Older Americans (65 years and older) are one of the fastest growing populations, with the elderly population expected to double from 35 million today to over 70 million by 2030! One of the most common difficulties that accompanies aging is dementia: a decrease in memory and general cognitive function that often occurs in the elderly. A decline in language and general communication is one of the hallmarks of dementia. Take a look at these tips to help communicate with a person with dementia:
Short, Simple, Slow: A person with dementia isn’t able to process information in the way that they used to. Speak slowly and pause between each sentence to give extra time for processing and response. Provide information in the simplest way possible; avoid long convoluted sentences.
Repeat Important Information: Hearing information more than one time can help a person with dementia maintain focus and better understand what is being said. Repeat key points of your message more than once in a conversation.
Simplify Questions: Open-ended questions can be difficult for a person with dementia. Whenever possible, provide choices, or ask questions that only require a yes/no response.
Use a Positive Tone of Voice: Even though a person with dementia may have trouble understanding your words, they can usually read the emotion in your voice. Speaking in a tone that is tense, rushed, or unhappy, can upset or frighten your loved one, and is likely to provoke a negative reaction. Put extra effort into speaking in a positive, calming tone whenever possible.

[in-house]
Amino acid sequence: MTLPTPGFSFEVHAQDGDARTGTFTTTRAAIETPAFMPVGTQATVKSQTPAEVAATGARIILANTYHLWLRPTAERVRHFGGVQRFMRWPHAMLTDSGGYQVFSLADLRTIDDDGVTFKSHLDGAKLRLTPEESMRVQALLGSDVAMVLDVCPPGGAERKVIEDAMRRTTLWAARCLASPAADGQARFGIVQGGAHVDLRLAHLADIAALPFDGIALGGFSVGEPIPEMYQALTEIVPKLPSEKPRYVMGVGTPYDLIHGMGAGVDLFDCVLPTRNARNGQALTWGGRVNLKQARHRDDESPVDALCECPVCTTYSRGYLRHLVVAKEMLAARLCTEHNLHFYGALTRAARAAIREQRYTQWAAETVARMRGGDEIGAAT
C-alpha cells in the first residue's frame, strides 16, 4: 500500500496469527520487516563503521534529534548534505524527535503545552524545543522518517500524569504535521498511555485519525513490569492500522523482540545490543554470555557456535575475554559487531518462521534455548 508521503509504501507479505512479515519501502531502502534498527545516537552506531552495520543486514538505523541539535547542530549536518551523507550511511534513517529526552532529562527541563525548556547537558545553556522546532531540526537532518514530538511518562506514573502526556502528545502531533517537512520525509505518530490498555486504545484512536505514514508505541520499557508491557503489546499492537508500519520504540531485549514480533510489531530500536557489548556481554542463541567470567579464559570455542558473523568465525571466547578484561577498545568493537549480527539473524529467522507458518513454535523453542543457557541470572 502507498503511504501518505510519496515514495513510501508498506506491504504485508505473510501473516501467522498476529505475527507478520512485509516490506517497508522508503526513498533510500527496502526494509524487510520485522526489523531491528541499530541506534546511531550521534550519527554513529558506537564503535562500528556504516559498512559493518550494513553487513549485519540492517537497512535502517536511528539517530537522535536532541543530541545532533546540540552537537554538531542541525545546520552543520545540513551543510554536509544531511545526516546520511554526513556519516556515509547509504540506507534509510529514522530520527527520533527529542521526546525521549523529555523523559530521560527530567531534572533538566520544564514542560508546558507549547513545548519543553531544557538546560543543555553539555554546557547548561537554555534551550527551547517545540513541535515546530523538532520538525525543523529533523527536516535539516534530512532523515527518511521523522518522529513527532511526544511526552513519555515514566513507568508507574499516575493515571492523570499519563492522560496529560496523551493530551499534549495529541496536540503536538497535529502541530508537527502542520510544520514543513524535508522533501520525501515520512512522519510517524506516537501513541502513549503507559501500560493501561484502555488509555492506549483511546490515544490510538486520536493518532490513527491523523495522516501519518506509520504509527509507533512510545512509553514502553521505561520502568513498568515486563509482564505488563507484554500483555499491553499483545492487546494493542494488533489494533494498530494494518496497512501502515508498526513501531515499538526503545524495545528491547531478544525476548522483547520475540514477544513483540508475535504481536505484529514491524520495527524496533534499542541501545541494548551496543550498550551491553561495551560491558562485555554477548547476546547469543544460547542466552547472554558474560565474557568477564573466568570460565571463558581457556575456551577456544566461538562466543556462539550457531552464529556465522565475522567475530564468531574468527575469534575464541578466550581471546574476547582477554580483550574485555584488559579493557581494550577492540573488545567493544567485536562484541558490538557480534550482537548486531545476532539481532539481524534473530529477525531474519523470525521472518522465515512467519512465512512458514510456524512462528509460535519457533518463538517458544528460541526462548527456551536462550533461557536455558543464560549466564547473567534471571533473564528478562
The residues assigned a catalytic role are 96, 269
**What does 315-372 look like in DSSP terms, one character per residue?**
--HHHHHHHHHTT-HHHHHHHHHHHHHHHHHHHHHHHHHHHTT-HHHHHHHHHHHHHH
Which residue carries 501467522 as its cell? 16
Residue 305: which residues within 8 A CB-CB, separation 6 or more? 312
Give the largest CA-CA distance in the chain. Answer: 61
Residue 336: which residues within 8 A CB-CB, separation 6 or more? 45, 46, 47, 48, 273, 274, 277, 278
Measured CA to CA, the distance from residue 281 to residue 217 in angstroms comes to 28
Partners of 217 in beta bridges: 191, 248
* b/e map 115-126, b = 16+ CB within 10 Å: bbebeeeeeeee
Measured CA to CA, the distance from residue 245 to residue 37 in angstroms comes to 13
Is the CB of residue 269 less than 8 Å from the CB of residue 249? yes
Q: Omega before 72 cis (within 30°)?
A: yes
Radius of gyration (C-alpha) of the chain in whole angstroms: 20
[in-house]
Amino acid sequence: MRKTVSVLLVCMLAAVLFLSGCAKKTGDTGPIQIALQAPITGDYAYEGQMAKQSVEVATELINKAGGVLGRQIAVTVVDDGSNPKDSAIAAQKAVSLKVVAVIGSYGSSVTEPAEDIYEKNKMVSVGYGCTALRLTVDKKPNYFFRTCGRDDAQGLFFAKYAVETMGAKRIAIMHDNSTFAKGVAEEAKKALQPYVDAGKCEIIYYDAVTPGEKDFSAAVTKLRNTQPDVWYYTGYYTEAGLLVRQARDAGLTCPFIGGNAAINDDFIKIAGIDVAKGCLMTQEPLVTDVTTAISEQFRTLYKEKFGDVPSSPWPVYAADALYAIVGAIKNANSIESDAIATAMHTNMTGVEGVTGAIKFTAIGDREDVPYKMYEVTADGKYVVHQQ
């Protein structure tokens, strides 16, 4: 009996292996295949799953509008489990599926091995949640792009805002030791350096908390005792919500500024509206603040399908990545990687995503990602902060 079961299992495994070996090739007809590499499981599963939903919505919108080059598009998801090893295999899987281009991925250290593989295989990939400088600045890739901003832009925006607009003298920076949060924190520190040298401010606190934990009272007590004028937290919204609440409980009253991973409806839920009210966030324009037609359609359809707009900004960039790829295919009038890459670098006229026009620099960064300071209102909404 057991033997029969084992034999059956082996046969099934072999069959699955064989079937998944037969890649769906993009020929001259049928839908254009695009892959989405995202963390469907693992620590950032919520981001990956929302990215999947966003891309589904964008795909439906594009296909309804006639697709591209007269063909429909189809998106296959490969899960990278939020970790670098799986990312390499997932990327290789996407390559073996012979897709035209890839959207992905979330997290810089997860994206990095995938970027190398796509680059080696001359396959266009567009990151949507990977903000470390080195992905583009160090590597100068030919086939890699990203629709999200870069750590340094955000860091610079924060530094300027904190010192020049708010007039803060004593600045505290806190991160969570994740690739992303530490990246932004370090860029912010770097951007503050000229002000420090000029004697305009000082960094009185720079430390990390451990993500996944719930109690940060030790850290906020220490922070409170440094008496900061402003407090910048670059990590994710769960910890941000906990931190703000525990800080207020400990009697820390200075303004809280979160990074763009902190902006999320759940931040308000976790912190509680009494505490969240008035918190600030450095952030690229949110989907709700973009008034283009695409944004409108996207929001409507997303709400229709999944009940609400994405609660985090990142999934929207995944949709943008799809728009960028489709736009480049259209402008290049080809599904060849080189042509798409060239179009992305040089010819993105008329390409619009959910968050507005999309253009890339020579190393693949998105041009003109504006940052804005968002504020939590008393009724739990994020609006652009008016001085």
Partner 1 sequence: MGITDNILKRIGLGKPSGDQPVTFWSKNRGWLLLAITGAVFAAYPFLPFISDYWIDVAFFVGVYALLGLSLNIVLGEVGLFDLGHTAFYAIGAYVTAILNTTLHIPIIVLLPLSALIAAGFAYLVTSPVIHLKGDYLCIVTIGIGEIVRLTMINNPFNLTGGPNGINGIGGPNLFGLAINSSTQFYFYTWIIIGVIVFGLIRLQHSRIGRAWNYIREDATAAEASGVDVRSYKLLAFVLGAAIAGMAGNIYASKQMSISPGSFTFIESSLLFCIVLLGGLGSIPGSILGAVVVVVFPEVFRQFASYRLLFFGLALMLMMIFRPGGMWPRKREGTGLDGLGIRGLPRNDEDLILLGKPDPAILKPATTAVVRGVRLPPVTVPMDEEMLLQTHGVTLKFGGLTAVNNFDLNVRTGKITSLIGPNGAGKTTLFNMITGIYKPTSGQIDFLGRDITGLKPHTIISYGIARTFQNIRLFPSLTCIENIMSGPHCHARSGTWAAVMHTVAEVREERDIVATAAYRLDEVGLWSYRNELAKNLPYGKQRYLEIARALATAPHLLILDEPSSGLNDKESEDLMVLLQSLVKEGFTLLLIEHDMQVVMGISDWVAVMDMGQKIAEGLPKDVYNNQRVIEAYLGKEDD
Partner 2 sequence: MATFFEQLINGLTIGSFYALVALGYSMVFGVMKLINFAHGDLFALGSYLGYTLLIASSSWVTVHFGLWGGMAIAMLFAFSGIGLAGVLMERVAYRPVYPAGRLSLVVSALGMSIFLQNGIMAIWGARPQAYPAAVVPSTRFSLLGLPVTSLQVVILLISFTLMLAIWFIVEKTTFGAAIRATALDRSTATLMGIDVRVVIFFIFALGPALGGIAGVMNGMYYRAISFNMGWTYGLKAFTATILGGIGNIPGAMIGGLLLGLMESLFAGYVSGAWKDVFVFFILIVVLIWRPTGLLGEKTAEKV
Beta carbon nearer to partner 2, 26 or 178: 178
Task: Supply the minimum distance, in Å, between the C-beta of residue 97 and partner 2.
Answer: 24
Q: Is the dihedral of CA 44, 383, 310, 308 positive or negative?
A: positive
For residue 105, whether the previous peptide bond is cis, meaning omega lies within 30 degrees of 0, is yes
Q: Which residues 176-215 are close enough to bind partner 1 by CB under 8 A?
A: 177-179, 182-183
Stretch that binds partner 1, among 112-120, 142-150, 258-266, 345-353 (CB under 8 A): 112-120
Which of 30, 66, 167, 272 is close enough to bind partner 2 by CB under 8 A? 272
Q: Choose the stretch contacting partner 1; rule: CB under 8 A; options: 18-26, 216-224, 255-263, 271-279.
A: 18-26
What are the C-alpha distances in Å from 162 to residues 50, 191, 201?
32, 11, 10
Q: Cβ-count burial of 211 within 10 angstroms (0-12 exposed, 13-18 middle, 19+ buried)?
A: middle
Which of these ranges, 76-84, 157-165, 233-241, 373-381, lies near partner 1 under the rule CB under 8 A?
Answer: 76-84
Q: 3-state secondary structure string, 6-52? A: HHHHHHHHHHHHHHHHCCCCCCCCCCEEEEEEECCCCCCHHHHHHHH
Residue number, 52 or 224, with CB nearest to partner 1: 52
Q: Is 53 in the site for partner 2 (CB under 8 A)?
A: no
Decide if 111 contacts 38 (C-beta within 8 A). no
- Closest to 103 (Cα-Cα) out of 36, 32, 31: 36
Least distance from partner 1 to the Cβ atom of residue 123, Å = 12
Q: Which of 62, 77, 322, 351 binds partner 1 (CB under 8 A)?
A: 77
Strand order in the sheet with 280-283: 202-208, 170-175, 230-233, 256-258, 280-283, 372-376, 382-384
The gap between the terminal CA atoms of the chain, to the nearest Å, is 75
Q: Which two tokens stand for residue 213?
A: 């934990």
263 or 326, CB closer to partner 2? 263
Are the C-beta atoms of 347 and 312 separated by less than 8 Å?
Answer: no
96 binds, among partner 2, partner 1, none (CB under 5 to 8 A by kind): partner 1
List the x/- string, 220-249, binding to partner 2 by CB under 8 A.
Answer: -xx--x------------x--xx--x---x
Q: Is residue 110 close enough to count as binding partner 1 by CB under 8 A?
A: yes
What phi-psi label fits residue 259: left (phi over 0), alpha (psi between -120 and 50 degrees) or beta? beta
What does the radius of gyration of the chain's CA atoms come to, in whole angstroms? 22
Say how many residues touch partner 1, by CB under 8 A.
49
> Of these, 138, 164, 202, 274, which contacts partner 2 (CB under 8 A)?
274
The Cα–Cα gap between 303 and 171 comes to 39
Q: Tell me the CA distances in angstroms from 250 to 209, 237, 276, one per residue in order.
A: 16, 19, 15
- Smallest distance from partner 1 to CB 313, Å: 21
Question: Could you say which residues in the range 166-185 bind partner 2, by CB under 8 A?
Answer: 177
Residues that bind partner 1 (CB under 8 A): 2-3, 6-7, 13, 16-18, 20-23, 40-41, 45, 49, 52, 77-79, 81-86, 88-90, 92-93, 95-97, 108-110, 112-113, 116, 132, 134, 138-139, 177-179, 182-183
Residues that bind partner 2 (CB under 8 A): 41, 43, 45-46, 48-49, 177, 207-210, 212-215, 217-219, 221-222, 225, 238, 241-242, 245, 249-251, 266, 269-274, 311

Get Outside Help: A communication specialist, such as a speech-language pathologist, can provide education for the caregiver on how best to communicate, and can provide external aids and strategies for the individual with dementia to communicate their needs and preferences to the best of their ability.
For information on our New York based Speech-Language Pathology services, please call Speech Associates of New York today at (212) 308-7725 or visit our website at http://www.speechassociatesofny.com and find out how our team of professionally trained and certified speech-language pathologists can help!
© 2014, Speech Associates of New York – All Rights ReservedSources: http://www.ncbi.nlm.nih.gov/pmc/articles/PMC2705925/, http://www.asha.org/public/speech/disorders/dementia/